by Wendy Helfenbaum
There’s an old saying that when it comes to parenting children, the days are long but the years are short. But doesn’t it seem sometimes that children are like puppies—with no concept of time whatsoever? Many of us are guilty of expecting adult-style productivity from our kids, yet we don’t sit down and teach them what time is or how to figure out how long it takes to do their homework.
“Time is a tricky concept—even for us adults, some days seem to drag on for a year and others fly by in a minute,” says Eileen Kennedy-Moore, Ph.D., a Princeton, New Jersey-based psychologist and co-author of Smart Parenting For Smart Kids: Nurturing Your Child's True Potential (Jossey-Bass/Wiley). “However, understanding time is a critical skill for children because it enables planning.”
Dr. Kennedy-Moore notes that your child’s sense of time develops in stages.
“Two- and 3-year-olds enjoy the predictability of routines, but live mostly in the present; their sense of time involves mainly ‘now or not now,’ and they have limited ability to wait,” she explains.
“Five- and 6-year-olds have a clearer understanding of past, present, and future. They can anticipate happy events and have some grasp of ‘next week’ versus ‘tomorrow.’
"Seven- to 10-year-olds have the arithmetic skills necessary to use clocks and calendars.”
Talking to your children about time every day as you go about your regular activities enables them to absorb important concepts, adds Dr. Kennedy-Moore. Here are a few ways you can help your kids understand time and manage it effectively:
• What comes next? Children need to become aware of time passing. To develop this skill, try establishing predictable routines like reading bedtime stories or let kids know which days they have extra-curricular activities. Encourage older children to keep track of family members’ birthdays on a calendar or count down the days to a family vacation, suggests Dr. Kennedy-Moore.
• What happened before? This skill helps children recall experiences and make future predictions, says Dr. Kennedy-Moore. “With a young child you might say, ‘Remember the last time Maggie babysat you? You played tea party!’ Older children have a growing sense of personal identity; talk about how they overcame past challenges, such as how they learned to ride a bike.”
• How long? Figuring out how long things will take is a difficult but essential skill, notes Dr. Kennedy-Moore. “Once your child knows how to count, you can use this is a way to mark time. With two siblings and one toy, you could say, ‘Count to 30, then it’s Jeremy’s turn,’” she says. Point out how many minutes it takes to walk to school with your child each day, or discuss how long their favorite TV show is. Use a stopwatch or kitchen timer and time them while they make their bed or get dressed, for example.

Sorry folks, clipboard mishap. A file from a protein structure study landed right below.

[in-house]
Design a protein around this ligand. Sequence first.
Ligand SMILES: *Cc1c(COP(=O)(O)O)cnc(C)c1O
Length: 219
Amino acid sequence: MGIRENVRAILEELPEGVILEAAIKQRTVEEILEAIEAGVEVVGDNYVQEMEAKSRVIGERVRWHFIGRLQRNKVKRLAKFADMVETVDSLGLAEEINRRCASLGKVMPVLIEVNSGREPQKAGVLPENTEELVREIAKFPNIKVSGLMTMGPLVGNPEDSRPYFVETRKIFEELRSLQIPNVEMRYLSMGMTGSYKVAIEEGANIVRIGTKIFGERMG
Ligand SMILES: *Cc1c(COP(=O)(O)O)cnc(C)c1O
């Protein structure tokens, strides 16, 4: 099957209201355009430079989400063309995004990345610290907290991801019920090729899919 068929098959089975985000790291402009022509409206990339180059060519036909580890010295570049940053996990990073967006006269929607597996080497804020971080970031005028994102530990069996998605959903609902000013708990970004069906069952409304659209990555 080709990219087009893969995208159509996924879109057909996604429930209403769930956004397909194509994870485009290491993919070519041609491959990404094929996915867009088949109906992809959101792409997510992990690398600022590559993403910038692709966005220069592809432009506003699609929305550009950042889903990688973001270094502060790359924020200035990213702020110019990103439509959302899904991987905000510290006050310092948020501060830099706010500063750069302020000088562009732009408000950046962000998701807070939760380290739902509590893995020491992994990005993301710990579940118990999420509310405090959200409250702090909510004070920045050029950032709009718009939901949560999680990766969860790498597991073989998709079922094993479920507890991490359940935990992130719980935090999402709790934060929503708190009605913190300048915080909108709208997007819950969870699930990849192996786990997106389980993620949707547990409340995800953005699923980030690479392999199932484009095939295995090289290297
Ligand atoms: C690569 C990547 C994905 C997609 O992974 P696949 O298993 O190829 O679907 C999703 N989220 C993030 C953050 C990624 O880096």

• Which first? This time concept relates to priorities. “With younger children, you’ll be establishing most of these: ‘Wash your hands before snack.’ ‘Pick up the toys before we go out,’” explains Dr. Kennedy-Moore. Tweens and teens will sometimes need help choosing a long-term benefit over a short-term gain, “but they can be involved in thinking about how they spend their time. Would they rather spend 20 minutes complaining about an assignment or get it done quickly? How much time do they want with no scheduled activities?”
Getting her 6-year-old son to understand how long things took to do proved very difficult for Ariele Wildwind. “He averaged seven hours of homework per week and writing was a real challenge. He cried a lot, and we struggled to help him,” recalls Wildwind, a mother of two who lives in Santa Clara, California.
Then Wildwind, who is a teacher, showed her son how to plan his work so that it got done in manageable chunks of time.
“We broke the writing up into ‘Tuesday Tidbits’, (where we) started with an outline, ‘Wednesday Wrap-It-Up,’ where he finished his writing, and finally ‘Thursday Tidy-Up,’ where he could work on spelling and penmanship. This really made the entire process so much easier,” she says.
“I also find that when transitioning—from one task to another, from school to home, or from home to activities—kids need help,” she adds. “They might need to be given a five-minute warning. They might also enjoy having their weekly schedule printed out and posted on the fridge or in their room, and it can have times with analog clocks, so that time can be taught while you’re looking at the schedule.”
Wendy Helfenbaum is a Montreal, Canada-based freelance writer, television producer and time-obsessed mother whose son thinks five minutes is an eternity.
©Photo by Aleksandr Geleznov | Dreamstime.com